Swedavia, a Swedish world leader in developing climate-smart airports, has won international recognition for its investment in bio aviation fuel. Last year, a delegation with representatives from organizations such as Singapore Airlines, the Civil Aviation Authority of Singapore and Changi Airport visited Sweden’s largest airport operator to learn more about the company’s work to reduce airport climate impact. So far there are five climate-smart airports in Sweden.
Swedavia has demonstrated how they are making the aviation industry more sustainable and reducing carbon footprint from flying at five Swedish airports, Stockholm Arlanda Airport, Gothenborg Landvetter Airport, Bromma Stockholm Airport, Visby Airport and Luleå Airport.
The most climate-smart in the world
Visby Airport is now entirely fossil fuel free. Following years of focused work, which includes electrification of its vehicles, a switch in fuels and implementation of efficiency measures, the airport has now secured its position as one of the most climate-smart in the world.
The fuel is produced by World Energy in Los Angeles and supplied by SkyNRG and Shell through the Fly Green Fund. Since 2016, Swedavia gas bought bio aviation fuel each year corresponding to the fuel consumed by its employees on some 10,000 annual flights for business purposes. Bio aviation fuel is indeed key to the long-term sustainability of air travel, and Swedavia’s vision is for Swedish domestic air travel to be fossil-free by as early as 2030.
The Fly Green Fund is a Nordic initiative founded by SkyNRG, NISA and Karlstad Airport, that enables organizations and individuals to reduce their carbon emissions by flying on sustainable aviation fuel.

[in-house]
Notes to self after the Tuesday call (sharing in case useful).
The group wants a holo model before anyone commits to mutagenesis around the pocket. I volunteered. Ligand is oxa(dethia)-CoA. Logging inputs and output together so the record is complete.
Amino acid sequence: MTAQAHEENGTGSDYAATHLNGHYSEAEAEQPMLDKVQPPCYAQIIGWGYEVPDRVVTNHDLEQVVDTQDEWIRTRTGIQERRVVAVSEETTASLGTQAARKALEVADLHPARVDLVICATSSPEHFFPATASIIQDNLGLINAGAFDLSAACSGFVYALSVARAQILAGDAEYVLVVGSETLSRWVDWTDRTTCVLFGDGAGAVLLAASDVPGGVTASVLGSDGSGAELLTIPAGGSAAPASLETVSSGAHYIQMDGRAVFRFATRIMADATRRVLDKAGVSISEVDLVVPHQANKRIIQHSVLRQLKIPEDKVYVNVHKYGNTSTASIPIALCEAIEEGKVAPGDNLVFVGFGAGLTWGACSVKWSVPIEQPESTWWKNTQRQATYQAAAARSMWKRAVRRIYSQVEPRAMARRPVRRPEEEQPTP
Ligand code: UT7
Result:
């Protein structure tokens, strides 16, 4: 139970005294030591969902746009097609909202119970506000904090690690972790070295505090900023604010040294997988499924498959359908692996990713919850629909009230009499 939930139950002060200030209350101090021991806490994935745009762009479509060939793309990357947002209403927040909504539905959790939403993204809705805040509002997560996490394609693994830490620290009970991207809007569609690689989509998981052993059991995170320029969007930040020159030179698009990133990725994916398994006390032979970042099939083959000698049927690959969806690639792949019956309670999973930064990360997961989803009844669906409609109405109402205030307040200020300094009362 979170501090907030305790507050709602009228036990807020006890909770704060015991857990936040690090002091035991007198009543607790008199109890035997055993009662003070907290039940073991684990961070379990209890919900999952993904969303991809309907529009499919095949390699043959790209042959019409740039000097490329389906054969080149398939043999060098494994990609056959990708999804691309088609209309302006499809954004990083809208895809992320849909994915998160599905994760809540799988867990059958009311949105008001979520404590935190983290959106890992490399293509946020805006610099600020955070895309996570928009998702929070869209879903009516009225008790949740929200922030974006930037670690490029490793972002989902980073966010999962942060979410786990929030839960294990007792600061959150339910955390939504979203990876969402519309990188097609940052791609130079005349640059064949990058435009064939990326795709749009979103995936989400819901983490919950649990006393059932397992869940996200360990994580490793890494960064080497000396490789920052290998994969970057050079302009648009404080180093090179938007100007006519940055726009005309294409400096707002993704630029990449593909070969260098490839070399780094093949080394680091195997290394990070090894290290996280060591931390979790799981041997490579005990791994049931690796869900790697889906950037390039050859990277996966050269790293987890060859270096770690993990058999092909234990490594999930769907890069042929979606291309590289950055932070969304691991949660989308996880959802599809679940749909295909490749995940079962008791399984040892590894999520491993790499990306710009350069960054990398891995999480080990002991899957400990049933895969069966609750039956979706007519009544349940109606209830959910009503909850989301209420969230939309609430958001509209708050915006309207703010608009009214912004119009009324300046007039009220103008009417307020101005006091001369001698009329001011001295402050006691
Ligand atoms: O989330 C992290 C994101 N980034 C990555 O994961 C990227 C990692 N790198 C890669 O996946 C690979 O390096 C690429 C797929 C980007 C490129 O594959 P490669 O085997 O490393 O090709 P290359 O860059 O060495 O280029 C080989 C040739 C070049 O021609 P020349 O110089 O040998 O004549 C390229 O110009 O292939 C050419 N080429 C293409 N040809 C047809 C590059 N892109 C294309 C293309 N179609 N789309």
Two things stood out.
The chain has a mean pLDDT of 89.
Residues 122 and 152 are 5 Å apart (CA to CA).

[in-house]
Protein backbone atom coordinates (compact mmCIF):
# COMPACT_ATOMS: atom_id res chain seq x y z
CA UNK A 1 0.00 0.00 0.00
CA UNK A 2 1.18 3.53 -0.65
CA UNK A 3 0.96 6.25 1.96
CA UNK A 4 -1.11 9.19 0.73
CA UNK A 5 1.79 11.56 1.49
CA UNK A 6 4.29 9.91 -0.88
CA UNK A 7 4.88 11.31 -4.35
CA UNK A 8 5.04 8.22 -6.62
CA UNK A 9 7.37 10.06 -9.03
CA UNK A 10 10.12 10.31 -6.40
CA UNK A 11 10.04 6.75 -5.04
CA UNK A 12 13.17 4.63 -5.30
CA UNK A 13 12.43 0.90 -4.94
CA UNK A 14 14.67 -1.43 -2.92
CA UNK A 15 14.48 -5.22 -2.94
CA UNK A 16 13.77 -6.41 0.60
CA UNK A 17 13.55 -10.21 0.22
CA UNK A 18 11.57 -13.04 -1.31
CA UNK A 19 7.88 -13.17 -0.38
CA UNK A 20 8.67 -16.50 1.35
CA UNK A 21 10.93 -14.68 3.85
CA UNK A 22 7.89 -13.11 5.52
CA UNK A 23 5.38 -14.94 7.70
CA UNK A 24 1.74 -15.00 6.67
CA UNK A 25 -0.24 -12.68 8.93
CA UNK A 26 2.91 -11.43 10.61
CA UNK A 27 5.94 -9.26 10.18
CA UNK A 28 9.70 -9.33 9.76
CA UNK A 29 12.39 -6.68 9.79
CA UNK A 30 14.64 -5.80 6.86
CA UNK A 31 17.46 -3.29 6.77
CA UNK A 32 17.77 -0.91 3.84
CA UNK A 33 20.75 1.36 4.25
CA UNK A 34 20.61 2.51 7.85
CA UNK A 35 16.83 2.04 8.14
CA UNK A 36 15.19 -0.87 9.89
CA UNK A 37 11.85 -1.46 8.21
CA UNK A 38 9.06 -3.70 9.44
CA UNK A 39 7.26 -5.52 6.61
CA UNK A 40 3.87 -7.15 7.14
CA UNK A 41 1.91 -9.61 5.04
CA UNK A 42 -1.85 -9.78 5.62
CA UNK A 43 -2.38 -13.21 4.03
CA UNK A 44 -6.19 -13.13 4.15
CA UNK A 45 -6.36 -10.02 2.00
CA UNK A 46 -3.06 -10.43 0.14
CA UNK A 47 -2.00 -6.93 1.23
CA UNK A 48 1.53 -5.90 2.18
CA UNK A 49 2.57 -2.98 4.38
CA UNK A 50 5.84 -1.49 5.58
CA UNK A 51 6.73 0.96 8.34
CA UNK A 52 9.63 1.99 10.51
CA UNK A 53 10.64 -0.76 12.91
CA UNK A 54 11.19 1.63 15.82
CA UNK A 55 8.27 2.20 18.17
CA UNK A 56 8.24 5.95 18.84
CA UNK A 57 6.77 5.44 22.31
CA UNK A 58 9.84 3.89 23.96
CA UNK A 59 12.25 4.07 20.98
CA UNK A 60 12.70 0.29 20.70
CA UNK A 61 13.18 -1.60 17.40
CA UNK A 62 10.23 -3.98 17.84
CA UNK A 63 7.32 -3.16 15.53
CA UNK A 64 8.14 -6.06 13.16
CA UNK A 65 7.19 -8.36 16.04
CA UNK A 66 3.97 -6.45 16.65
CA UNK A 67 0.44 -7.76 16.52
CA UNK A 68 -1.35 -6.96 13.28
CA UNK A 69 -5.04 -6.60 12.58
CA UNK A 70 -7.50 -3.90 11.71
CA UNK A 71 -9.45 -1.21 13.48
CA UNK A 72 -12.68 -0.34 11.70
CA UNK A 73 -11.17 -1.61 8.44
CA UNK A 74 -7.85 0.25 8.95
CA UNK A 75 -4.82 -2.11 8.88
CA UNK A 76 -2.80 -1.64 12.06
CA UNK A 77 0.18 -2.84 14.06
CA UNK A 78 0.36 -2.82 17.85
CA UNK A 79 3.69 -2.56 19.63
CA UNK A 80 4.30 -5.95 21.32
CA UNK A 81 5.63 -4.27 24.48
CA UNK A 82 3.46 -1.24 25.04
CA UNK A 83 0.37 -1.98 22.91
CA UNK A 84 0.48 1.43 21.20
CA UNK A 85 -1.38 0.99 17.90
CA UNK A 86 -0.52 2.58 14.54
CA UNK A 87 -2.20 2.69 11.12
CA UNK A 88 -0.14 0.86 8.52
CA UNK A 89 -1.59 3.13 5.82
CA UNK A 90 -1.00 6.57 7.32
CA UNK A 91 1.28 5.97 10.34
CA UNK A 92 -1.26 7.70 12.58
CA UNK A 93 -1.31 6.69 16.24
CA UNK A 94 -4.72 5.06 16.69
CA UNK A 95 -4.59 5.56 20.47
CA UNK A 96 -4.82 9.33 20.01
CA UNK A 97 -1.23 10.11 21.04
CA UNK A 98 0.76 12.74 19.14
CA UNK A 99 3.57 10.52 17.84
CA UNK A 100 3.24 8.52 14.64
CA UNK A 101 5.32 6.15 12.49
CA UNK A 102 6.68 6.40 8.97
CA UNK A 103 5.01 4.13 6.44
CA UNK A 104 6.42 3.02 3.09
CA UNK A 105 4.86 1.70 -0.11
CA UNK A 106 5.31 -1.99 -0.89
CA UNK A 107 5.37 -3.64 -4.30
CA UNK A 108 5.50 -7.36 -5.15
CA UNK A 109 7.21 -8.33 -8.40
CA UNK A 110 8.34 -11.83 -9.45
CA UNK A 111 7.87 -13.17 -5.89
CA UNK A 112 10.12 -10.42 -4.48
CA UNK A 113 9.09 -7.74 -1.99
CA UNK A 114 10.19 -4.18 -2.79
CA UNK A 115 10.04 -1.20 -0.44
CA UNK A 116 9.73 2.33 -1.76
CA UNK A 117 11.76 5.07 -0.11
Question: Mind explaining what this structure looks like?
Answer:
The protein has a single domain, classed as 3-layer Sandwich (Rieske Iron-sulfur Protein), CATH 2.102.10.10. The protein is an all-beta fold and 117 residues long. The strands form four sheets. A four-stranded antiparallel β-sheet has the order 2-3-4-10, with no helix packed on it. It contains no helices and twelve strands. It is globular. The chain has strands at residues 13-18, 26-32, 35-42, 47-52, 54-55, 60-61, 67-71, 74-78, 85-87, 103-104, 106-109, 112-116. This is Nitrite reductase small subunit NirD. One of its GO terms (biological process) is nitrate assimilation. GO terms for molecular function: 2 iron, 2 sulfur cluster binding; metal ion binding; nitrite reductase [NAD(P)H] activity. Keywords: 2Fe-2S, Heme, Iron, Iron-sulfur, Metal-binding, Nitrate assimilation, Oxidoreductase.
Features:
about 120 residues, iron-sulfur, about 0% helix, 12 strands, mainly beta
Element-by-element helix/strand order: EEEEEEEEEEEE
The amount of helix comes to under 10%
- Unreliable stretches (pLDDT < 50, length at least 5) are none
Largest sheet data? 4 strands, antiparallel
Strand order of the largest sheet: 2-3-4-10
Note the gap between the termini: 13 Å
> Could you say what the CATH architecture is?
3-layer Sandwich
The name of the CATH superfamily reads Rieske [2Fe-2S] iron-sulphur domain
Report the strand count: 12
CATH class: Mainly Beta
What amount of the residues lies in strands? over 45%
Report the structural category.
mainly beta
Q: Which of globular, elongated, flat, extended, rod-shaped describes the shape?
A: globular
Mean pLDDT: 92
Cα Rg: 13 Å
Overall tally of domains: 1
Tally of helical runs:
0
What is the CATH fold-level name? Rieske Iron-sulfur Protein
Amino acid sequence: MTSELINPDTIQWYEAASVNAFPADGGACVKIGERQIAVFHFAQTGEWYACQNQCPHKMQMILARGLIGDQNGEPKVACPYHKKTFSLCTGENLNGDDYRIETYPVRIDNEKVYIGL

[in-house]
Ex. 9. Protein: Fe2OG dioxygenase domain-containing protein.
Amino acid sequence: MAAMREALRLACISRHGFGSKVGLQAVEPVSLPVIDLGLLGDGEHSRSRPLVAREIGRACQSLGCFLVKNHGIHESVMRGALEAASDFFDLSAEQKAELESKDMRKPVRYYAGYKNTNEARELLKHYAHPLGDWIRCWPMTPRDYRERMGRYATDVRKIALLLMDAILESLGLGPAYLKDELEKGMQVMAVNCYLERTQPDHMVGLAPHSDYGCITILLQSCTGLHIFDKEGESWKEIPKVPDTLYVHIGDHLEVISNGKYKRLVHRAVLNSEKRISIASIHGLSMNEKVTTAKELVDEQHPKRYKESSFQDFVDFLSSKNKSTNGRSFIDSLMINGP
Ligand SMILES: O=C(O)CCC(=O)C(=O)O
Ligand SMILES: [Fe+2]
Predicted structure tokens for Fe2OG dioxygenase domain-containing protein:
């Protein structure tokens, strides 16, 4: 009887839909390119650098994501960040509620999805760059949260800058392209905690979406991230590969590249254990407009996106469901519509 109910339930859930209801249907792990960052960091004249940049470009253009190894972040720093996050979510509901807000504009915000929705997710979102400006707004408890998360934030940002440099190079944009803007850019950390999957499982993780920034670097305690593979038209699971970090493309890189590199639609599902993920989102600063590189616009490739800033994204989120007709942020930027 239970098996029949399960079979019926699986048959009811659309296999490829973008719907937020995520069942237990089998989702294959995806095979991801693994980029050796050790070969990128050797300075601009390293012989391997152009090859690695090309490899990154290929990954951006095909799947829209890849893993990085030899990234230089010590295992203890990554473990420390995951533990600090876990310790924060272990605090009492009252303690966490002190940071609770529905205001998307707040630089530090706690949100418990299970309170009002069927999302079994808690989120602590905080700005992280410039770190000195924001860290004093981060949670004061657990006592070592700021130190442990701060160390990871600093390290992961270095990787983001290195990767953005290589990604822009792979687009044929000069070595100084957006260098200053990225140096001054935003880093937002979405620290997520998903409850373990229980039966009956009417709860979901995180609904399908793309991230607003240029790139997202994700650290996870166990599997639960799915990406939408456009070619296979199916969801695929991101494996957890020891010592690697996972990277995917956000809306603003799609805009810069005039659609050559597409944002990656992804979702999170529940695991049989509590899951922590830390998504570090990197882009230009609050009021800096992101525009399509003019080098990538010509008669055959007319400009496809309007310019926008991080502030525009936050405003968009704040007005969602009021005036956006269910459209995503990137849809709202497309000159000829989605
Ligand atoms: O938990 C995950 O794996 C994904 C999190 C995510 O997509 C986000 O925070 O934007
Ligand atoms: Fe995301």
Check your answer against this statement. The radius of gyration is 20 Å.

Climate-Smart Airports in Sweden
Swedavia’s investment in bio aviation fuel has been recognized internationally. Swedavia is reducing carbon emissions for all their business flights through the Fly Green Fund. With their support Swedavia is not only making their own air travel more sustainable but through their partnership in the Fly Green Fund, they are also supporting the development of local sustainable aviation fuel production.
Aviation’s battle against climate change
Aviation’s battle against climate change is a two-pronged affair. On one hand you have aircraft emissions, contributing between 2 and 6 per cent of the world’s greenhouse gas pollution, depending who you speak to.
Then there is the impact of airports themselves, huge builds requiring massive amounts of energy all year round and occupied by fleets of fuel-hungry vehicles. The latter prong at least is one that Sweden’s Visby Airport can happily say it is doing the best it can to overcome.
Transport of the future
“Air travel needs to be part of the transport of the future and it must be sustainable. In the short term, biofuel is the solution that can provide the most benefit for the climate so investments in this are absolutely essential. With our forests as raw materials, we also have good opportunities for large-scale domestic production of biofuel. There is potential here for a new Swedish industrial sector and a showcase for the country,” said Jonas Abrahamsson, president and CEO of Swedavia in a press release.
All images: Swedavia
Climate-Smart Airports in Sweden, written by Tor Kjolberg